Net International Reserves are often viewed as a form of economic insurance, used to back liabilities held by a government. The accumulation of net international reserves can be considered as one indicator of a nation’s ability to repay foreign debt and can therefore affect a country’s credit rating. With this in mind, it is evident why building the net international reserves of the nation was a central aspect of the Jamaica’s 2013 EFF agreement with the IMF.
With regard to this, in 2015, Jamaica surpassed its agreed targeted level of NIR in each month of the year.
The reserve reached its 2015 peak in August at US$2.54 billion, just short of the 5 year high of US$2.60 billion achieved in April 2011. From December 2014 to December 2015, NIR moved from US$2 billion to US$2.44 billion, a 22% increase. Comparatively, NIR increased by 91% in 2014 and decreased by 7% in 2013. Overall, since the signing of the IMF deal in May 2013, NIR has increased by 146%.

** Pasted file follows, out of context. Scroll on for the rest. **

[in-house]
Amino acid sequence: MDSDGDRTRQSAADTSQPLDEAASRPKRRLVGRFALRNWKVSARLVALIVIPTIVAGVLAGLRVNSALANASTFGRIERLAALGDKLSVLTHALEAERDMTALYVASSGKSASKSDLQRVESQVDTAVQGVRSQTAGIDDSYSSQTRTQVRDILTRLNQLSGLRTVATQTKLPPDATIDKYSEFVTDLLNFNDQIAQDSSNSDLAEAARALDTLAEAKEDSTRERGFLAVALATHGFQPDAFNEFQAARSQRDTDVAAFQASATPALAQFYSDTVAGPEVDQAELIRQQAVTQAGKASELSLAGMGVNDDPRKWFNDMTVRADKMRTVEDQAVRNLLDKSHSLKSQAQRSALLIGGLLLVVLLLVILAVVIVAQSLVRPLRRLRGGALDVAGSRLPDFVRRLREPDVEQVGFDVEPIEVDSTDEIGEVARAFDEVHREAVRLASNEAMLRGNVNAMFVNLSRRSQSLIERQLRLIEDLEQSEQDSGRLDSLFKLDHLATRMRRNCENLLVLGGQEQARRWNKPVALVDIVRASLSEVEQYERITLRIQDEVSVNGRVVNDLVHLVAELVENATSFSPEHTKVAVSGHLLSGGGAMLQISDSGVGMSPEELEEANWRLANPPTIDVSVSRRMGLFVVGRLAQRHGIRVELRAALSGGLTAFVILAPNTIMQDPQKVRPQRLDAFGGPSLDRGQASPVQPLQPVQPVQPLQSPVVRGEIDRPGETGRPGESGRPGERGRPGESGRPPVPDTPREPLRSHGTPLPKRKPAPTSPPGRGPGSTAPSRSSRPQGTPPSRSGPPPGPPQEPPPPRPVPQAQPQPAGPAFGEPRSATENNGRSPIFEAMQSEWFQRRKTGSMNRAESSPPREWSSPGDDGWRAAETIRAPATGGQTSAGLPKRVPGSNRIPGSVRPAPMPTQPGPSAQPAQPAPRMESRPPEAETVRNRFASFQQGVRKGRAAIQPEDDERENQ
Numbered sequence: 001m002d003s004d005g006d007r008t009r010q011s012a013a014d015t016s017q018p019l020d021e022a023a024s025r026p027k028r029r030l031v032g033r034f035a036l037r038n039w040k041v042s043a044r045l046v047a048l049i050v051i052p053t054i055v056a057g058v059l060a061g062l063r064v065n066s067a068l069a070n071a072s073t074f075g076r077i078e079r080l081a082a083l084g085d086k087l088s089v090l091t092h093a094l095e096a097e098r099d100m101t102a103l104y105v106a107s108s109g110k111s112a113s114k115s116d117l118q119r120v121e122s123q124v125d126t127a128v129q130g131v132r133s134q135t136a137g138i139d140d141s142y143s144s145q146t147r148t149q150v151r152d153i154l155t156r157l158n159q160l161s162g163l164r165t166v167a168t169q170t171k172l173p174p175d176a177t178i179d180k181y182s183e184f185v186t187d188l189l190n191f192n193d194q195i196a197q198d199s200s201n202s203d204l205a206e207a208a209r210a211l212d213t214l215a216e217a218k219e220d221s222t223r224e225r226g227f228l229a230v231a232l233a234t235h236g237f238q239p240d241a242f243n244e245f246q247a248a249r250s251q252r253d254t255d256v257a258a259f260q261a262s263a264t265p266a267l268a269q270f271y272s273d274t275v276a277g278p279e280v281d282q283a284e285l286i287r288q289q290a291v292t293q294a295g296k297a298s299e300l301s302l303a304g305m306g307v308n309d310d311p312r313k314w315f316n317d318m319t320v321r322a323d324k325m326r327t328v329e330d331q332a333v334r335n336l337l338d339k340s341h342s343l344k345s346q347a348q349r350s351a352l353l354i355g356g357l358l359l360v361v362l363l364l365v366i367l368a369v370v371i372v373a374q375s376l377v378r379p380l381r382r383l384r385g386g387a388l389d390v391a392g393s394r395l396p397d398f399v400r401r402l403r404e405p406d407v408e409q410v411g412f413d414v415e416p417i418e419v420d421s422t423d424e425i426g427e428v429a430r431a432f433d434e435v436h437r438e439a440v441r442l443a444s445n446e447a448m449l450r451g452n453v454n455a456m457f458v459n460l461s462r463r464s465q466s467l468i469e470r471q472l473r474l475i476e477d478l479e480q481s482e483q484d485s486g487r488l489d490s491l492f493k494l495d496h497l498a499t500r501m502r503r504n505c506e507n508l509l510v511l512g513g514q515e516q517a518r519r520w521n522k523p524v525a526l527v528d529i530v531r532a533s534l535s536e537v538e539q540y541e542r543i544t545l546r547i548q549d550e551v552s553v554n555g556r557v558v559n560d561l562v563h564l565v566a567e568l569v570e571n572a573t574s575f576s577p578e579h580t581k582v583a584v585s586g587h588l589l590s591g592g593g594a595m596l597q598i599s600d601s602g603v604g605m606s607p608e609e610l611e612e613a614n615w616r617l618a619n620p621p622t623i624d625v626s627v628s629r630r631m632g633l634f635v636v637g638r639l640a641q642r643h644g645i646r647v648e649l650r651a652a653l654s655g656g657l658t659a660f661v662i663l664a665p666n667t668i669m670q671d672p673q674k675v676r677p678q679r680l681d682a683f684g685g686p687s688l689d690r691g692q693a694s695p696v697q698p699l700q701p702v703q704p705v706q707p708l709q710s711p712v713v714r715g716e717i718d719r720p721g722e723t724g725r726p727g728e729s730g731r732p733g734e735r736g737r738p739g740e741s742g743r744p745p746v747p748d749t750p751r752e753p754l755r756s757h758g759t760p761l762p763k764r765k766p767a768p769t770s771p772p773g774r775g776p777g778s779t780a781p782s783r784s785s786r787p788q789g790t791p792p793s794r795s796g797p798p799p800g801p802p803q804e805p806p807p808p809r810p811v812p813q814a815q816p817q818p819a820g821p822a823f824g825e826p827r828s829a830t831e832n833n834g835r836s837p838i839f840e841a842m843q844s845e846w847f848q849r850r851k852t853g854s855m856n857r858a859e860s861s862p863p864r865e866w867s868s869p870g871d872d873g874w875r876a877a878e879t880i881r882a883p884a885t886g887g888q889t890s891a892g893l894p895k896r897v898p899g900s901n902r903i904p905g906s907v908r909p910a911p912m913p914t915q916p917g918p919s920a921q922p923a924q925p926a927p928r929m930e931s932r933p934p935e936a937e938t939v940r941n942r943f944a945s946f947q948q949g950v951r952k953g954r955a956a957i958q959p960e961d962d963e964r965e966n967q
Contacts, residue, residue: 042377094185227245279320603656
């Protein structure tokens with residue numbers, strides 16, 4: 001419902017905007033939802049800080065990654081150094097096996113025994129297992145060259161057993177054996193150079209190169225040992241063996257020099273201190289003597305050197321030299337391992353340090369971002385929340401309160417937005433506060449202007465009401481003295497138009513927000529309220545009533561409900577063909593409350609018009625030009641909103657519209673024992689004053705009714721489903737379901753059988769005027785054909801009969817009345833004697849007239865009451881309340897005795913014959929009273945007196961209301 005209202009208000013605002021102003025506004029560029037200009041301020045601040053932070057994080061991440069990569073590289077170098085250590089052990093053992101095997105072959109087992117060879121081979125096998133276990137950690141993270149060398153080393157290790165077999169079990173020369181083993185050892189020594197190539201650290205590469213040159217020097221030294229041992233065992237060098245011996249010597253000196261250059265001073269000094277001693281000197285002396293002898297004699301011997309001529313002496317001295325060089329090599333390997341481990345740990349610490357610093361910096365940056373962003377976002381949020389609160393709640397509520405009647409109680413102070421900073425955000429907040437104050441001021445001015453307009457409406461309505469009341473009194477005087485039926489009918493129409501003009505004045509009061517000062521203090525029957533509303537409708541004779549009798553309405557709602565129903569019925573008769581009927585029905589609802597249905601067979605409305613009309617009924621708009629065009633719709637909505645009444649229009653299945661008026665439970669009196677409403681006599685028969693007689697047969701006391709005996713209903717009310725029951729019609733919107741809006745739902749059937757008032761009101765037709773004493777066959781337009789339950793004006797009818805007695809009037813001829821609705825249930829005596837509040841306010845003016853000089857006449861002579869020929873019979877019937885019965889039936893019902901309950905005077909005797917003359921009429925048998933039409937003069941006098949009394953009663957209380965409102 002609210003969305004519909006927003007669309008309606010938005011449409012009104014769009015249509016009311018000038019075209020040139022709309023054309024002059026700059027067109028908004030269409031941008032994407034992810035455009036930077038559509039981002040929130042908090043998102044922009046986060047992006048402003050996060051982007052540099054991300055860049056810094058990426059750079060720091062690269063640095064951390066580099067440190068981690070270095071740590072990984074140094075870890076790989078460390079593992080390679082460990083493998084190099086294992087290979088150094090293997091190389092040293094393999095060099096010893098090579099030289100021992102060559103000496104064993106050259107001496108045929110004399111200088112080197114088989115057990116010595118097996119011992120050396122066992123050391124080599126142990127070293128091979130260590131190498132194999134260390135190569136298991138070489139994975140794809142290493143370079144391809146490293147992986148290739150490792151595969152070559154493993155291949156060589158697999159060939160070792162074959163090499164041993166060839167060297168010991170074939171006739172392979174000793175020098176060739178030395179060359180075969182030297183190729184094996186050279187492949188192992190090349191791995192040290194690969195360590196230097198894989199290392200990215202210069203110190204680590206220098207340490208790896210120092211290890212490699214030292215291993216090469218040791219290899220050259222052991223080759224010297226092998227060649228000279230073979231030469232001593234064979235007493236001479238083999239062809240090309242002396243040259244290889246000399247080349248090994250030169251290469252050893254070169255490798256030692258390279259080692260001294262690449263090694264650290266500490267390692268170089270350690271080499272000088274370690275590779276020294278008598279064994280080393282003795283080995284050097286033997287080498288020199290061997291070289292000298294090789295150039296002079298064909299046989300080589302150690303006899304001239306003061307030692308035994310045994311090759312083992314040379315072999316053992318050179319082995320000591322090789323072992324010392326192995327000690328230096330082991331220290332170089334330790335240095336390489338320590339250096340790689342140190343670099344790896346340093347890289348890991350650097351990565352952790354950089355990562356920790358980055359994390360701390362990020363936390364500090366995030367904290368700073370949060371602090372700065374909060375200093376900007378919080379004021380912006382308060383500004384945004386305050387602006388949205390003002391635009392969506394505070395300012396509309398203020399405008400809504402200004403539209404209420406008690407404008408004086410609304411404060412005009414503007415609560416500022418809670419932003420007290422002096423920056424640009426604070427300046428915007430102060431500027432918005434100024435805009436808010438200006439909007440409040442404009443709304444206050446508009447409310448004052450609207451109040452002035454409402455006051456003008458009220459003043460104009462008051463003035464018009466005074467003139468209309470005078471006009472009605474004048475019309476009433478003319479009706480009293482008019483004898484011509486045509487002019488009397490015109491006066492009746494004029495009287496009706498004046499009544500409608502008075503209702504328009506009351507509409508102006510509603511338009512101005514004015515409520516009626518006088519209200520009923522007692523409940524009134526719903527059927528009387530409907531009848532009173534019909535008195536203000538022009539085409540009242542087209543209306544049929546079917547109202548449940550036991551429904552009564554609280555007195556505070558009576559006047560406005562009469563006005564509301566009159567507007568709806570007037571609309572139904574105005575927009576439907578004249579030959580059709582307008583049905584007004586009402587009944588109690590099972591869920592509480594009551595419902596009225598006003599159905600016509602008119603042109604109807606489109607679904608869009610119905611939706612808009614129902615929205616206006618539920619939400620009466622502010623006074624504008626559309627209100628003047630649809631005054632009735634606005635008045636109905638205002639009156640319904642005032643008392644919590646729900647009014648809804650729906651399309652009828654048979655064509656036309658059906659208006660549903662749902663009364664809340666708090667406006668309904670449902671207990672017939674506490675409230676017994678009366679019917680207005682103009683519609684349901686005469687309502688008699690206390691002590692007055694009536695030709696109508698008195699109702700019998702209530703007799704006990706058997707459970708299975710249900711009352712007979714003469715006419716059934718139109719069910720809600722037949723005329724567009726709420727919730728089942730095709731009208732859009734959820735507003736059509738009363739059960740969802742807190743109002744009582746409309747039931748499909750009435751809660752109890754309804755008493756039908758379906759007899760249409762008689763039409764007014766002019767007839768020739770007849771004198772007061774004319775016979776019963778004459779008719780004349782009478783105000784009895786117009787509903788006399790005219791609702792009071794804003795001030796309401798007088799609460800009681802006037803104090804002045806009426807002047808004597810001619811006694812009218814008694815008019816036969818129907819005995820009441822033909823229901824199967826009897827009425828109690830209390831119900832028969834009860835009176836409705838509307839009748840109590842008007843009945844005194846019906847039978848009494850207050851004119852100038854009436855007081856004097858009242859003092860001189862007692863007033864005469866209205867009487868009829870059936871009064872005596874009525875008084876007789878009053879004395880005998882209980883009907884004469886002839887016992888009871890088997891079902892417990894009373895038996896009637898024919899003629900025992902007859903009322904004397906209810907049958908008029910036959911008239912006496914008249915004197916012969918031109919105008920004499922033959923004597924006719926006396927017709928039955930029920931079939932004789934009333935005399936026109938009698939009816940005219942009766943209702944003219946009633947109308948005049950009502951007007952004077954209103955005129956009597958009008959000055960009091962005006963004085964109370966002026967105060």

While the IMF has lauded our efforts in this regard, some worry this policy may restrict market liquidity, while others believe the NIR is a misunderstood indicator. What are your thoughts on Jamaica’s NIR performance in 2015? Comment to let us know.
For further reading on the NIR in 2015, view the year’s EPOC Communiques on the IMF Special section of diGJamaica.